Multiple Extensions: a GoDaddy Appraisal Observation

When researching domain names to buy, one indicator of value I look at is the number of other extensions that are or have been registered. My thinking is that if others have registered the .net, .org, .info, and other extensions with that same keyword, there are likely some immediate suiters for the .com domain name I am evaluating.

When looking at GoDaddy Auctions, the GoDaddy Appraisal is shown on each landing page. While I don’t give that value more credence than I should, it is undoubtedly one signal I look at when trying to find valuable domain names up for auction.

One observation I have made is that the GoDaddy Appraisal seems to be higher when there is more than one extension registered. Here’s a completely hypothetical example of the differences I think I noticed based on this observation:

  • registered, no other extensions registered – GoDaddy Appraisal: $1,234
  • registered, .net and .org registered – GoDaddy Appraisal: $2,345

When looking at Whois records for auction domain names, one thing I noticed is that the .net, .org, and possibly other extensions are or were registered by the same entity. Obviously, this changes the dynamics a bit because instead of potentially having the registrants of other extensions as sales leads, the other extensions are registered to the same entity that let the .com domain name expire. It might appear that there is interest in a particular keyword because of the other registrations, but in fact, it was the same entity that registered them all.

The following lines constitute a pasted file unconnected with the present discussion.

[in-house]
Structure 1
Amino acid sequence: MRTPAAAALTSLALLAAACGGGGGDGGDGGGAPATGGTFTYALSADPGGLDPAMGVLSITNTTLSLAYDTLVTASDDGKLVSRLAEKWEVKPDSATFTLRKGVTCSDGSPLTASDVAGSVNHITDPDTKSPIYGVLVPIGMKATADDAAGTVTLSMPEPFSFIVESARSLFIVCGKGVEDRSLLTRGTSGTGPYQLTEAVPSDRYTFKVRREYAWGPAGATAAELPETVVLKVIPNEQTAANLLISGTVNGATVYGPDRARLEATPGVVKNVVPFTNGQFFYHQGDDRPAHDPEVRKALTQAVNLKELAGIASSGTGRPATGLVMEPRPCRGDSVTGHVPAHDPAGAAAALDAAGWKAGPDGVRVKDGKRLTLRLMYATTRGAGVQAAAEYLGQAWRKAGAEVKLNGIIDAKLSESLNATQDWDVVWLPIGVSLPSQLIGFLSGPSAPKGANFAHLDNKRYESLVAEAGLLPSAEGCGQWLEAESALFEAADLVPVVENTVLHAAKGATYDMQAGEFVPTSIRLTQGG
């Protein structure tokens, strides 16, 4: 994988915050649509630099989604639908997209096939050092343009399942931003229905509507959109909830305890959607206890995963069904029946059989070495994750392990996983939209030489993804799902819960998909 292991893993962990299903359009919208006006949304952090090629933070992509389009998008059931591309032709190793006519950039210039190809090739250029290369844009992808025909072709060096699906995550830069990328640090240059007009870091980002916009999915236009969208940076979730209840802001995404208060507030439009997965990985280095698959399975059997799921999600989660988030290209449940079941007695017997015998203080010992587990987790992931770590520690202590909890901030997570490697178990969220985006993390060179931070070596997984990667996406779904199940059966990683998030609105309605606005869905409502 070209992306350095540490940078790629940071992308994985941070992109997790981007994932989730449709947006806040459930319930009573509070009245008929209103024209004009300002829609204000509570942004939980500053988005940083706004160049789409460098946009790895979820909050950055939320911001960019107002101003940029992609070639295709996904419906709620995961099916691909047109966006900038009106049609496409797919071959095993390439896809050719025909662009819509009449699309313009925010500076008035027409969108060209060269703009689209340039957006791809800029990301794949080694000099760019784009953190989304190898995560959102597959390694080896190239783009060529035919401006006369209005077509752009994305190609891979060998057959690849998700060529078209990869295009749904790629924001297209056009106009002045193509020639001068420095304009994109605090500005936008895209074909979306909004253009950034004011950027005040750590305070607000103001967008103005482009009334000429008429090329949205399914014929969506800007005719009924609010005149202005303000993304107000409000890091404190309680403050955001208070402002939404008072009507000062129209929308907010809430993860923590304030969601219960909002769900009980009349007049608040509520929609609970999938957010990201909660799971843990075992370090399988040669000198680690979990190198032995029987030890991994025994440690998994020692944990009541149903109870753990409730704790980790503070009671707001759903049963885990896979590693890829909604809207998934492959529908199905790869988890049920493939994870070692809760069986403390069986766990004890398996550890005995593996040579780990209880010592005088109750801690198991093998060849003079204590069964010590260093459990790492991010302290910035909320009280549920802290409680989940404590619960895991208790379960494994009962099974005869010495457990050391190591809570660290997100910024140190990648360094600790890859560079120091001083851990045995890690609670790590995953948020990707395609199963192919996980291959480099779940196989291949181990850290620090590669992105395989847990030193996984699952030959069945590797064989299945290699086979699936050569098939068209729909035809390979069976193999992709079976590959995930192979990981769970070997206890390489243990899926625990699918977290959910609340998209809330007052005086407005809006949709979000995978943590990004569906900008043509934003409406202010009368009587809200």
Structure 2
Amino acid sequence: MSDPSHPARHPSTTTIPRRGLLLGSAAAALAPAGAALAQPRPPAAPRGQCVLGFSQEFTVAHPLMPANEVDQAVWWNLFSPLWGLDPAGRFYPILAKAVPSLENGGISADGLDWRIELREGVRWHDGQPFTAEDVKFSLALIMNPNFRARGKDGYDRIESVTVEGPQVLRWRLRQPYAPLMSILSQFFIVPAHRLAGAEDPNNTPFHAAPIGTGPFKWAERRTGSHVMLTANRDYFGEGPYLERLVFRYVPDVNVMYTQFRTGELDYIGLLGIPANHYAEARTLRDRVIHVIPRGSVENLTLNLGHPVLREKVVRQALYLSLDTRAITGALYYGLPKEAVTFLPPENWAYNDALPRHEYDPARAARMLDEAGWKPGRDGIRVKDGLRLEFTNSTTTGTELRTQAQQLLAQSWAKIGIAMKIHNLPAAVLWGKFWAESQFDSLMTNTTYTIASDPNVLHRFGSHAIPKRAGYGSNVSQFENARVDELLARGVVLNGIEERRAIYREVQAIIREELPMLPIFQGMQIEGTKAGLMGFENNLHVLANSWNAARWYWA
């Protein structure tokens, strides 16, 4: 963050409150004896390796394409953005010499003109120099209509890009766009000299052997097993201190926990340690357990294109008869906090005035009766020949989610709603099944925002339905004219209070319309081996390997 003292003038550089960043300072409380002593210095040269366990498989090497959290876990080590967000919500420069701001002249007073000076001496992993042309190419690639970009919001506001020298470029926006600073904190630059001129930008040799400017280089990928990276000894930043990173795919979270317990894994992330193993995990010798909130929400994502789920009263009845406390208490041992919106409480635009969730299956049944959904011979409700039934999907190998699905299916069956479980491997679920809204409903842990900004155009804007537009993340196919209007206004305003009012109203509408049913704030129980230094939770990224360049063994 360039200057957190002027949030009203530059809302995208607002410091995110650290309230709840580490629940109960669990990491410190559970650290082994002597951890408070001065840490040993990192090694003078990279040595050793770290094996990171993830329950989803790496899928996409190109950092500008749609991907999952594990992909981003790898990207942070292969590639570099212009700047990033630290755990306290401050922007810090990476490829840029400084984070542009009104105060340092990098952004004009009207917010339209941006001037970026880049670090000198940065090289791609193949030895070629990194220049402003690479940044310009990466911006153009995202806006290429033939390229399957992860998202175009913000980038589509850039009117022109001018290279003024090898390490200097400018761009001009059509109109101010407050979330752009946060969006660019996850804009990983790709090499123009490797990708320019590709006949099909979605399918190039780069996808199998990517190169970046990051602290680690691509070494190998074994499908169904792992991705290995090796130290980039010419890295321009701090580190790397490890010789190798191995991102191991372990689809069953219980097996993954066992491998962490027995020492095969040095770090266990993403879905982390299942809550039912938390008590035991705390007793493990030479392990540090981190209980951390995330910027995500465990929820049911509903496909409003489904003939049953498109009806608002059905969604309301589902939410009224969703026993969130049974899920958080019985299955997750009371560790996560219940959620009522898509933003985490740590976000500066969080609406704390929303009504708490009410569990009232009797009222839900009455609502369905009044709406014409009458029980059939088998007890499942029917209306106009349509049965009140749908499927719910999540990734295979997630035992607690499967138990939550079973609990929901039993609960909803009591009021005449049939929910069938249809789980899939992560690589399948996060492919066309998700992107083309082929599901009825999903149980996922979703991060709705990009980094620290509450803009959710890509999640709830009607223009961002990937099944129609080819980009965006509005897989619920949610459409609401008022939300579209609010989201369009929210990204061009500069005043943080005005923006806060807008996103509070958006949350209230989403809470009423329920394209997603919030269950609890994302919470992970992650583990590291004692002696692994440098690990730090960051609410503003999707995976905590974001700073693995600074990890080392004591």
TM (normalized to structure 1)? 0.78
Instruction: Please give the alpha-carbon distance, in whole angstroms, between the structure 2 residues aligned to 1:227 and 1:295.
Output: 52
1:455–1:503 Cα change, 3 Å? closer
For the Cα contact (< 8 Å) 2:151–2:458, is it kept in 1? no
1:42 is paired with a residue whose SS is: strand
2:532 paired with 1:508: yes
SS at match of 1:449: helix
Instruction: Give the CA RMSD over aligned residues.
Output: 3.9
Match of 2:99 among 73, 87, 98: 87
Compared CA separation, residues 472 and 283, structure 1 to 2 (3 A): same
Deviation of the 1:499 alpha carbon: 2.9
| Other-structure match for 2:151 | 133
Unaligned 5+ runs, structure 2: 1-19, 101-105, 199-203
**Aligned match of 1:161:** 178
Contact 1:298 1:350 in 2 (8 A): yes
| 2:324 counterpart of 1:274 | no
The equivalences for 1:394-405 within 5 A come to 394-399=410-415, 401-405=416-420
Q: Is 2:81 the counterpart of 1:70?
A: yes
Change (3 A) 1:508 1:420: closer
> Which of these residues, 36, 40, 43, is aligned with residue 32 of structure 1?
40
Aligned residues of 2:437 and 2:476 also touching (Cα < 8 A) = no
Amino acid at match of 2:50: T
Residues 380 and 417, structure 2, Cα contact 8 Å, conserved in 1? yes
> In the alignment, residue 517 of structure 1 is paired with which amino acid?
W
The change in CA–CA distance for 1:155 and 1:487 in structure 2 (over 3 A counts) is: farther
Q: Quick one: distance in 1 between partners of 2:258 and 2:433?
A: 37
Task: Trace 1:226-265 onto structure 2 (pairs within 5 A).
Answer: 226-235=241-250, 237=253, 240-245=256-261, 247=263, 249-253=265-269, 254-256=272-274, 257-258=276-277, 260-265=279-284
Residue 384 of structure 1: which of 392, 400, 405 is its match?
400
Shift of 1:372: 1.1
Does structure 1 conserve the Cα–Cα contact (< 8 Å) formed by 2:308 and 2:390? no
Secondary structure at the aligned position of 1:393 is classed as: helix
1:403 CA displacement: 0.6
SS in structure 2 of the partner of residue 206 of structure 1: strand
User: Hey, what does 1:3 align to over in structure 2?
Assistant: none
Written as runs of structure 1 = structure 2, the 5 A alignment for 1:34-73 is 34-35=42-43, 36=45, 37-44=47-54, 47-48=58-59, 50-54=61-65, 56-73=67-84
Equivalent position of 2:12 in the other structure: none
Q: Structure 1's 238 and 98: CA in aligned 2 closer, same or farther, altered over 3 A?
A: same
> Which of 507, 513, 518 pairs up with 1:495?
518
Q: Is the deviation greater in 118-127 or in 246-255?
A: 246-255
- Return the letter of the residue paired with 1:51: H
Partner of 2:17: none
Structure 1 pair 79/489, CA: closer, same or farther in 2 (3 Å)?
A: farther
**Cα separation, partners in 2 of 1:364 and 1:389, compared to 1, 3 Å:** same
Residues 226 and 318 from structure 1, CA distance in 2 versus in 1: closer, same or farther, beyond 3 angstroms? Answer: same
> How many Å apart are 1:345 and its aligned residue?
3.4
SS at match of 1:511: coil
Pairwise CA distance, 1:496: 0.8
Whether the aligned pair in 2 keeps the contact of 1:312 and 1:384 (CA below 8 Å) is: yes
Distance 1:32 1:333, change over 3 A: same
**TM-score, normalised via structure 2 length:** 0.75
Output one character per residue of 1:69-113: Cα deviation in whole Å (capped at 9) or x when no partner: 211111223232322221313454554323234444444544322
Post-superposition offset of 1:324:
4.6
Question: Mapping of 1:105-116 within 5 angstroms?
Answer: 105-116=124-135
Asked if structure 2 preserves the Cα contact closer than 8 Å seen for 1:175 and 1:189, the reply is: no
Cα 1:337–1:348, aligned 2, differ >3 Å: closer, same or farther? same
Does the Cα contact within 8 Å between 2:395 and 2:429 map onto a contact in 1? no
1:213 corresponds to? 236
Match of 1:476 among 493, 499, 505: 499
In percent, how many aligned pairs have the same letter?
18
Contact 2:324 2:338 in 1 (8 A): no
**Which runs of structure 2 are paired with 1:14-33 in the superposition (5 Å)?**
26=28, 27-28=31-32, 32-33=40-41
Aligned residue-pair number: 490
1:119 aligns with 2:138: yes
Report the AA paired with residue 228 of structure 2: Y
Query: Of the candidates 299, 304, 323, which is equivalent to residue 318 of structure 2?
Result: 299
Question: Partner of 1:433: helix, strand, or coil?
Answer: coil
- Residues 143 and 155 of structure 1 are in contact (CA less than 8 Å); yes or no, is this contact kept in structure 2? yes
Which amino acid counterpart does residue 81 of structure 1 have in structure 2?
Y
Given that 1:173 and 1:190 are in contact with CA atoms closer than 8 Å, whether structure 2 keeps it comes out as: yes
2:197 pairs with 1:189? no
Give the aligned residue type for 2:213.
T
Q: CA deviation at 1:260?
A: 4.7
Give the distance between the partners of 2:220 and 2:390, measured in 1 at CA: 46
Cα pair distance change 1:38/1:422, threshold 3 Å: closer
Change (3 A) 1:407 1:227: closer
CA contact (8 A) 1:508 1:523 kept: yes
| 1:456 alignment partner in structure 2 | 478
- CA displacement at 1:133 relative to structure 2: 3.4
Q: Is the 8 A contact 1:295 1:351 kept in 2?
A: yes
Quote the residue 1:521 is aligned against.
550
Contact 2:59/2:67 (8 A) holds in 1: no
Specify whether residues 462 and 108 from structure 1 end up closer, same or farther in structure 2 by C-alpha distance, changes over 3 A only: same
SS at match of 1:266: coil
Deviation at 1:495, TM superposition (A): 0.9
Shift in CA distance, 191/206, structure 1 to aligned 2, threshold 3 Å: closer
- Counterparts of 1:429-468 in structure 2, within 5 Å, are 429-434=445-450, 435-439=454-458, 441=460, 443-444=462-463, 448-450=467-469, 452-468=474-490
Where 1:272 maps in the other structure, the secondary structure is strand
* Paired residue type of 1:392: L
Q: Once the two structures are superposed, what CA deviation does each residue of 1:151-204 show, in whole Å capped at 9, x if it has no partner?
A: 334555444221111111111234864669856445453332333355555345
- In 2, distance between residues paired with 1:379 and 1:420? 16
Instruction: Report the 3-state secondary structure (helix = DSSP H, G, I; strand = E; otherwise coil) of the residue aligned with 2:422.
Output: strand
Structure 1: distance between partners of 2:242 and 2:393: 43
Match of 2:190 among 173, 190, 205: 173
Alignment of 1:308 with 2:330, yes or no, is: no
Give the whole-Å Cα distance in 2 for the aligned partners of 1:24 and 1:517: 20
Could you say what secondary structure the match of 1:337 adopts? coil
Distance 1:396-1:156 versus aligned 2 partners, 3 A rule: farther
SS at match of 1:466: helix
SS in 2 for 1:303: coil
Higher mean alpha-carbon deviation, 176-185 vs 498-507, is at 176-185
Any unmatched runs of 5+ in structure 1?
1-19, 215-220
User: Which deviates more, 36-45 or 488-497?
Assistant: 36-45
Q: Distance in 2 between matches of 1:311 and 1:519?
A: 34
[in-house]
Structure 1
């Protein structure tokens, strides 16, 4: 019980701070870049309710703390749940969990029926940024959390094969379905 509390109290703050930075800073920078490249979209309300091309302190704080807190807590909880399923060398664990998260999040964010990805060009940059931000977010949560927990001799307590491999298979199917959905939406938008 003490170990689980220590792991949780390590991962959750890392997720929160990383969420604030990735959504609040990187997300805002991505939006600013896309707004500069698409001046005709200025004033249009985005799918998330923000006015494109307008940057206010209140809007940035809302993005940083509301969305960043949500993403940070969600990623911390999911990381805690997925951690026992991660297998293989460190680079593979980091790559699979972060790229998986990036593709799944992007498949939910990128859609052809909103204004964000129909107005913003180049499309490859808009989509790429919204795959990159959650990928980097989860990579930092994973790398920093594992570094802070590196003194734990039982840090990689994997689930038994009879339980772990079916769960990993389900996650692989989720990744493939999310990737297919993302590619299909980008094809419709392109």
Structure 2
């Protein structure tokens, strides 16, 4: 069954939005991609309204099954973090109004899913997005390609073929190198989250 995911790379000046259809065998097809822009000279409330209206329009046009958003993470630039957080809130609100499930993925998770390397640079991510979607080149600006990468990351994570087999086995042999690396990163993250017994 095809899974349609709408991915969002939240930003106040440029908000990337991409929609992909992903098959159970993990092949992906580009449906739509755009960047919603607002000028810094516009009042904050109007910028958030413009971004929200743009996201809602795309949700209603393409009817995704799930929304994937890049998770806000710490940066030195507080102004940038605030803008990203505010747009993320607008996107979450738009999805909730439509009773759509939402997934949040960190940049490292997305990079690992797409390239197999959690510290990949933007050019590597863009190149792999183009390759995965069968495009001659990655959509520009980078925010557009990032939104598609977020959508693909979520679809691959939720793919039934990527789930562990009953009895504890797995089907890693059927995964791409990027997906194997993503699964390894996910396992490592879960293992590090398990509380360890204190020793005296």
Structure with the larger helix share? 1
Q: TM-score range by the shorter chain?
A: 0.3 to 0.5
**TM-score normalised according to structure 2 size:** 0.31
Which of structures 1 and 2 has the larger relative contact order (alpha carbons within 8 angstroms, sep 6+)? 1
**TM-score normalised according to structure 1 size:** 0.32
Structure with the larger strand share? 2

Because of this observation, I try to do Whois searches on other extensions before bidding on auctions. Sometimes a domain name has a higher value due to intrinsic reasons, and the Whois and Google searching will identify why the domain name has value beyond what I see. Other times, it appears to me that the appraised value could be inflated due to the other extensions being registered, even though they are registered to the same entity. When bidding on an auction, this data is important to me.

I don’t think this is necessarily a flaw, especially since GDPR makes it more difficult to identify the registrant of each domain name. There is also no science or data backing up that this even happens. My guess is that the number of extensions registered is one small part of the hefty appraisal algorithm. This is one of a number of reasons why I take the appraised values with a grain of salt. It is also a reason why I use the appraisal as a signal to investigate further.

Elliot Silver
Elliot Silver
About The Author: Elliot Silver is an Internet entrepreneur and publisher of Elliot is also the founder and President of Top Notch Domains, LLC, a company that has closed eight figures in deals. Please read the Terms of Use page for additional information about the publisher, website comment policy, disclosures, and conflicts of interest. Reach out to Elliot: Twitter | Facebook | LinkedIn


  1. Thanks for sharing.
    I usually give it more attention when those other taken extensions are developed more especially for business.

  2. Hi Elliot,

    That is very interesting point to ponder on..

    I always thought the keyword in a domain name will influence the appraisal value in long time…becauce of number of sales with that same keywords…

    But other extensions also can be a valid factor in determining the appraisal…like you said might be one of many factors.

    Would like to see your opinions on how a name appraisal value is changing after some time and also if any big else is reported with one keyword and how much time it will take to put into its algorithm to give higher appraisals for next names with same keywords…

    For example”kush” used in other names can give good value…imo


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